The toque has changed many times over the years, but most stories about its origins are variations on one of the two above. Since the most dramatic changes in style and shape are attributable to the French, I'd be remiss if I didn't include something from a snotty Frenchman regarding the decline of toquish excellence. Roger Fessaguet, a previous co-owner of La Caravelle (which, I believe, is in New York), laments, "American chefs don't wear a toque. Could you think of a policeman without a hat? That is part of the full uniform. I still have 12 uniforms. In the old days, I used to send my toques back to France aboard French Line ships, to Havre, where they were washed, ironed and starched by women who knew exactly what to do." Yeah, and I'll bet he walked five miles in the snow to his restaurant every day, and ten miles back home.
At the turn of the century, M. A. Escoffier, known as "The Chef of Kings and King of Chefs," followed in Careme's footsteps and made the kitchen even more streamlined and organized.
Escoffier added the chef d'partie position which is still in use today, created over 10,000 recipes, and invented the a la carte concept which made fine dining more affordable to the masses. He also helped to create an image of professionalism for chefs, by requesting that his employees wear jackets and ties when off duty, stop smoking, drinking and swearing at work, and he encouraged them to obtain higher education.
The attire worn by these chefs was still much the same as in Careme's day, but Escoffier's attitude helped to turn the uniform into something people respected, not just a drunken working man's outfit that happened to include a funny hat.
Escoffier opened restaurants in France, England, and worked all over the western world, taking his ideals along with him and transforming our perception of the "chef."
Recipes by Gina - Recipe of the Moment
Seared Chicken Breast
- 4 chicken breasts (bnls/skls)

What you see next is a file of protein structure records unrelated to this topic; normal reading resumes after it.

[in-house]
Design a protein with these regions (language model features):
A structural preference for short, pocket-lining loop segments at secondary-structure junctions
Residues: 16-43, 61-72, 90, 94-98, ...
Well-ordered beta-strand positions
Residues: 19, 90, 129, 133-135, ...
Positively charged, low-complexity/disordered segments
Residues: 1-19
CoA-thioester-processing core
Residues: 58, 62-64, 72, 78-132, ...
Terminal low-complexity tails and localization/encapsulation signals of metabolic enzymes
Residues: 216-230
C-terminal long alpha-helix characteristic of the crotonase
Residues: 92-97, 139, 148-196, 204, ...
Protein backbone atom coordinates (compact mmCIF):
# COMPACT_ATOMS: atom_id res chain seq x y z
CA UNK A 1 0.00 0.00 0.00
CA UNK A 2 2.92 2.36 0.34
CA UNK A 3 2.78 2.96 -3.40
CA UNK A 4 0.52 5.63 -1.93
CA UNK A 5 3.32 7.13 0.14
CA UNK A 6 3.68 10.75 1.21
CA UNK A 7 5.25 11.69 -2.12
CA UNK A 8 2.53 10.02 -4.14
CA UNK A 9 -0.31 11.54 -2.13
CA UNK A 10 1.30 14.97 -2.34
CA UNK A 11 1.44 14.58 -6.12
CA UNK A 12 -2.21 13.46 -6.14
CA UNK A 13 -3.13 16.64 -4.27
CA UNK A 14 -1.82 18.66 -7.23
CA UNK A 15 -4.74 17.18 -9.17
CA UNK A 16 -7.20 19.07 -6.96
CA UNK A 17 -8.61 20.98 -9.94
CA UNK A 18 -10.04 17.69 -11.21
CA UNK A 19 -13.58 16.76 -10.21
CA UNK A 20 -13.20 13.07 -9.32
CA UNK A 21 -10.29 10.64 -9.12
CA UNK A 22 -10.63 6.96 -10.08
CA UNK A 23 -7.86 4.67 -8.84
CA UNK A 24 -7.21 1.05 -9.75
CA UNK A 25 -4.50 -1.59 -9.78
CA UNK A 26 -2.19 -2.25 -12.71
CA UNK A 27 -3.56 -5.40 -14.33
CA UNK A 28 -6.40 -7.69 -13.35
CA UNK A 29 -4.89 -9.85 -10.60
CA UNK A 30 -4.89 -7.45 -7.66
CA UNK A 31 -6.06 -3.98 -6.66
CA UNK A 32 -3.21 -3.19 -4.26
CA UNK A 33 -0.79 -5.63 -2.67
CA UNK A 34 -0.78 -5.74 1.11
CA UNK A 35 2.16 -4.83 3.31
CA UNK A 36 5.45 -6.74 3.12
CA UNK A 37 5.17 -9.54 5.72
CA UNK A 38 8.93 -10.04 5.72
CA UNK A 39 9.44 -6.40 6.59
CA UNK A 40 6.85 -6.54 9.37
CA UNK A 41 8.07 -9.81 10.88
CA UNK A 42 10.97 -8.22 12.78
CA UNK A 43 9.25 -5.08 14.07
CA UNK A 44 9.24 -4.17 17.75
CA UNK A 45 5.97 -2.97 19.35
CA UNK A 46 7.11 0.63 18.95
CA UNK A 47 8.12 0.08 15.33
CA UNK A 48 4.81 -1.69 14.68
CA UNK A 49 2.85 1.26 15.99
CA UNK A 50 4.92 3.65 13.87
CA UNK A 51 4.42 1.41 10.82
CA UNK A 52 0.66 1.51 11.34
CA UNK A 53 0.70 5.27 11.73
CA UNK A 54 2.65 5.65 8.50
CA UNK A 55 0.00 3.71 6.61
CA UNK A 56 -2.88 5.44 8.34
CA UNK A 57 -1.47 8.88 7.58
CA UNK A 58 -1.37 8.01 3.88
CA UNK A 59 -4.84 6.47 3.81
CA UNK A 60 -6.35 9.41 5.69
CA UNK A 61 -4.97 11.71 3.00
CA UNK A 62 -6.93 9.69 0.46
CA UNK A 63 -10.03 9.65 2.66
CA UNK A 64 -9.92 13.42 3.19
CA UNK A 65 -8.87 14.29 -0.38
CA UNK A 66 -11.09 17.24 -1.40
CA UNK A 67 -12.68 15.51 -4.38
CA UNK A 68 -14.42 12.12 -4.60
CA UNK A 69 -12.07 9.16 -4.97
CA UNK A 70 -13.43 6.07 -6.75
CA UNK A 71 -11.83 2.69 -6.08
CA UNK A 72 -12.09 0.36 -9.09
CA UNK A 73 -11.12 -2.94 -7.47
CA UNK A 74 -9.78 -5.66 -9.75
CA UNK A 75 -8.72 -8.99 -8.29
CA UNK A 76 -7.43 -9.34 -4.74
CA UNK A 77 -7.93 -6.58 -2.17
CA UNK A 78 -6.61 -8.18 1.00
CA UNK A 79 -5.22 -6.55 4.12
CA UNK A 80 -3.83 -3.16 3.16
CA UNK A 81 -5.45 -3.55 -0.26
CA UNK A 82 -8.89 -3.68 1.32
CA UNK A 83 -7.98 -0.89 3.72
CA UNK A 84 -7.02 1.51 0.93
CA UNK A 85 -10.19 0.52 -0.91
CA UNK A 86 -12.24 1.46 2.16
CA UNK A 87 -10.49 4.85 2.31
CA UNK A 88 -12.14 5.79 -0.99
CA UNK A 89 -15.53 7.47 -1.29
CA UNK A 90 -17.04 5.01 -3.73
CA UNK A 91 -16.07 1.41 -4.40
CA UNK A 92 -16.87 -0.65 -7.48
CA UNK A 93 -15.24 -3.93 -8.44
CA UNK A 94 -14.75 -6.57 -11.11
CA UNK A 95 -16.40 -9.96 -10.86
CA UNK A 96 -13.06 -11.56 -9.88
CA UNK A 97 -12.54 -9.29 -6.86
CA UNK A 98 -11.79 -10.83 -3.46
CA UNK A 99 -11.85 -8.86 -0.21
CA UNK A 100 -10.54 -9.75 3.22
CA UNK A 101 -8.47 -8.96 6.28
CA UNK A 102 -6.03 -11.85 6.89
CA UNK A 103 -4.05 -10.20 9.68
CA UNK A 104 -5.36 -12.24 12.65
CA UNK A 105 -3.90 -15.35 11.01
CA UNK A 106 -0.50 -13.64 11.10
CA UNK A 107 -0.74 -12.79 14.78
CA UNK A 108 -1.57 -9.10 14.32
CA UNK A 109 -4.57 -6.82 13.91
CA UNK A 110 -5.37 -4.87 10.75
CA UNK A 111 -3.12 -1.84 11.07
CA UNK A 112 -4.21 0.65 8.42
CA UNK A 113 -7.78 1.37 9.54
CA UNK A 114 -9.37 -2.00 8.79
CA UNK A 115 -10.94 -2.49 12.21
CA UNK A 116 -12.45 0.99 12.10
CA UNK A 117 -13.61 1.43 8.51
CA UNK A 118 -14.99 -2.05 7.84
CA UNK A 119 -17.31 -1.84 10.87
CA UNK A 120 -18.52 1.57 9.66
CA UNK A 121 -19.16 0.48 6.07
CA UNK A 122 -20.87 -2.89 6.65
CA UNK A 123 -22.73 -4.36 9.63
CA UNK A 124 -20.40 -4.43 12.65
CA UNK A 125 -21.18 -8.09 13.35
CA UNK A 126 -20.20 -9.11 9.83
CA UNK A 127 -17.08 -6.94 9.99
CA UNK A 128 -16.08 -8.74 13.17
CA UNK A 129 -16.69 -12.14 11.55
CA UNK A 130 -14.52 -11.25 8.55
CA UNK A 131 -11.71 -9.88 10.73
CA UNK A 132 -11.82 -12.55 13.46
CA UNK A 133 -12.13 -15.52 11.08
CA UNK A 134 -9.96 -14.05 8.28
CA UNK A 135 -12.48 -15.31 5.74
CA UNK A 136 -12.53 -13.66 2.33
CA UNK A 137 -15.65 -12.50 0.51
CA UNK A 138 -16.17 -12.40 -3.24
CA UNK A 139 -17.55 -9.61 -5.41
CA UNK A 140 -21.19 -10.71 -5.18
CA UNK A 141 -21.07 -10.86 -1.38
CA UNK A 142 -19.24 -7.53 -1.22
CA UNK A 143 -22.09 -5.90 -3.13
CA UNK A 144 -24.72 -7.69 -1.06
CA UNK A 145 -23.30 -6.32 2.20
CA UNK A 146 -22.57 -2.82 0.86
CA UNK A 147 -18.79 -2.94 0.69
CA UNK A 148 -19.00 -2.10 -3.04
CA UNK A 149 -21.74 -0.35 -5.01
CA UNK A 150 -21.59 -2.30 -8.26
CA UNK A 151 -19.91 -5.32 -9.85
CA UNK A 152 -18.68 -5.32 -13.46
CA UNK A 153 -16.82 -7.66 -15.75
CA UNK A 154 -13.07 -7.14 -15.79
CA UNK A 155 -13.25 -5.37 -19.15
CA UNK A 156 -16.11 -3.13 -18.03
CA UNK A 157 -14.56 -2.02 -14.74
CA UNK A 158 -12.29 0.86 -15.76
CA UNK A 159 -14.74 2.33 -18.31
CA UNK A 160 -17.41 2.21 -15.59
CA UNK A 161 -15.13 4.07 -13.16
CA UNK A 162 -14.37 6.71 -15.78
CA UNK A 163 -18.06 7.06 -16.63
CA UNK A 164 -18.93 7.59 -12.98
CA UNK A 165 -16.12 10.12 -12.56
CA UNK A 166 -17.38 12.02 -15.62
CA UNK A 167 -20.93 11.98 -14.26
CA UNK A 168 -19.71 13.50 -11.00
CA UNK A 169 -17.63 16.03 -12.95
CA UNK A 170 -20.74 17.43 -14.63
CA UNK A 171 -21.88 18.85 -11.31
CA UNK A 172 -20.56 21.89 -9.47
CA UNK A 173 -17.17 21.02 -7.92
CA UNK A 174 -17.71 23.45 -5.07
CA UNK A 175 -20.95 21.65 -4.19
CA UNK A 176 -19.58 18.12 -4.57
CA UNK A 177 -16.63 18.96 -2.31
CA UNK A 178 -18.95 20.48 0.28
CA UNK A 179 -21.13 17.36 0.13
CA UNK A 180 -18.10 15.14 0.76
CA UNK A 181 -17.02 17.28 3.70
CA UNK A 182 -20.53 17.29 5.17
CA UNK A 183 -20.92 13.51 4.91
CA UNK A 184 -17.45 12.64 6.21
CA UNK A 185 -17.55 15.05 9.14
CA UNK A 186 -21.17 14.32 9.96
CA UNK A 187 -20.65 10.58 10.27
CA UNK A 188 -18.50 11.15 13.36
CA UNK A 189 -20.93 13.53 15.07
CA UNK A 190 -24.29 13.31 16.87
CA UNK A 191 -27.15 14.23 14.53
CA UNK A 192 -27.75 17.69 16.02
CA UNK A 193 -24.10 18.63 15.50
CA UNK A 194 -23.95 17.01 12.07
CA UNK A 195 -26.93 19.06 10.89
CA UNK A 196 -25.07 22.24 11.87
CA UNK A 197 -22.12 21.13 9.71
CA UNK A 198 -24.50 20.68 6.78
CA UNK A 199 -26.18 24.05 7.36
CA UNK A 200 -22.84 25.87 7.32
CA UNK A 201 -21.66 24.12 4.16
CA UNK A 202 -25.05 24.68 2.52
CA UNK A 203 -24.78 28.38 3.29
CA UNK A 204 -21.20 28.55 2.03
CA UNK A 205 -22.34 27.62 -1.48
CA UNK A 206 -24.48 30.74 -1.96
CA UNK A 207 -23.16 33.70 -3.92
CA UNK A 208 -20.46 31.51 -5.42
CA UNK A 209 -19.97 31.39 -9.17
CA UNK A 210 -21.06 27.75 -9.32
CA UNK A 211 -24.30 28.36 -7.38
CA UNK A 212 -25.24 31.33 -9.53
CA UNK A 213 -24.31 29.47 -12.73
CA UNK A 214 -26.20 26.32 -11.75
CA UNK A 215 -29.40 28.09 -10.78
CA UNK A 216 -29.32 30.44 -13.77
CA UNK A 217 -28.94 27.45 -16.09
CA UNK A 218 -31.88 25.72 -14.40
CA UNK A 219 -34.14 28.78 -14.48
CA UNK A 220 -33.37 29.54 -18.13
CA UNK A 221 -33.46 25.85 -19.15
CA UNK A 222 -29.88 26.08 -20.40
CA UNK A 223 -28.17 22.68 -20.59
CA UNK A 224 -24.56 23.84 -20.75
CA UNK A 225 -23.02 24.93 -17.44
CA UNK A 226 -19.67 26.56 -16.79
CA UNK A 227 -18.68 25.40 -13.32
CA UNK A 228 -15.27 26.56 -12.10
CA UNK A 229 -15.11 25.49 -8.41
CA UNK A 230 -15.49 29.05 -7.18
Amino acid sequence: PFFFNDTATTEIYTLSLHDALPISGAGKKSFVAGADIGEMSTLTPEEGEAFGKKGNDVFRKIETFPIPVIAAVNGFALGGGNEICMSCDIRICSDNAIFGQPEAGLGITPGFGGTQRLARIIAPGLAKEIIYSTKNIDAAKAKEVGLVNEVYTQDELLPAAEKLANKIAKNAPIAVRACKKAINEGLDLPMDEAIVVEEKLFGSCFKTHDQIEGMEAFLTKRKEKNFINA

- Kosher salt and freshly ground black pepper
- Flour for dredging
- Ingredients for pan sauce (see recipes to the right)
- 3 tbsp unsalted butter
- 1 tbsp olive oil
- Season the chicken breasts on both sides with ample salt and pepper. Put a handful of flour in a pie pan or other sided plate and position it near the stove. Combine the sauce ingredients (see options below) of your choice in a 1-cup Pyrex measuring cup or small bowl.
- Heat 2 tablespoons of the butter and the oil in a large skillet over medium heat. Dredge one of the chicken breasts in the flour, coating both sides well but shaking off any excess. Increase the heat of the pan to medium high.
- Before adding the chicken, test the heat of the pan by flicking in a little of the dredging flour. If the flour sizzles enthusiastically and immediately turns golden, the pan is ready. Add the first floured chicken breast. Then quickly flour the remaining breasts and add them to the pan. Cook for about 4 minutes without moving the breasts. Then, starting with the first one in the pan, turn them over and cook for another 3 or 4 minutes on the other side.
- Transfer the chicken to a plate or plates and keep it warm. Add the pan sauce ingredients to the hot pan and boil, stirring and scraping up the browned bits in the bottom of the pan over high heat until the liquid is reduced by half. Add the remaining tablespoon of butter and whisk until smooth and glossy. (Tilt the pan to bring the small amount of liquid to one side while you whisk in the butter.) Spoon the sauce over the chicken and serve immediately.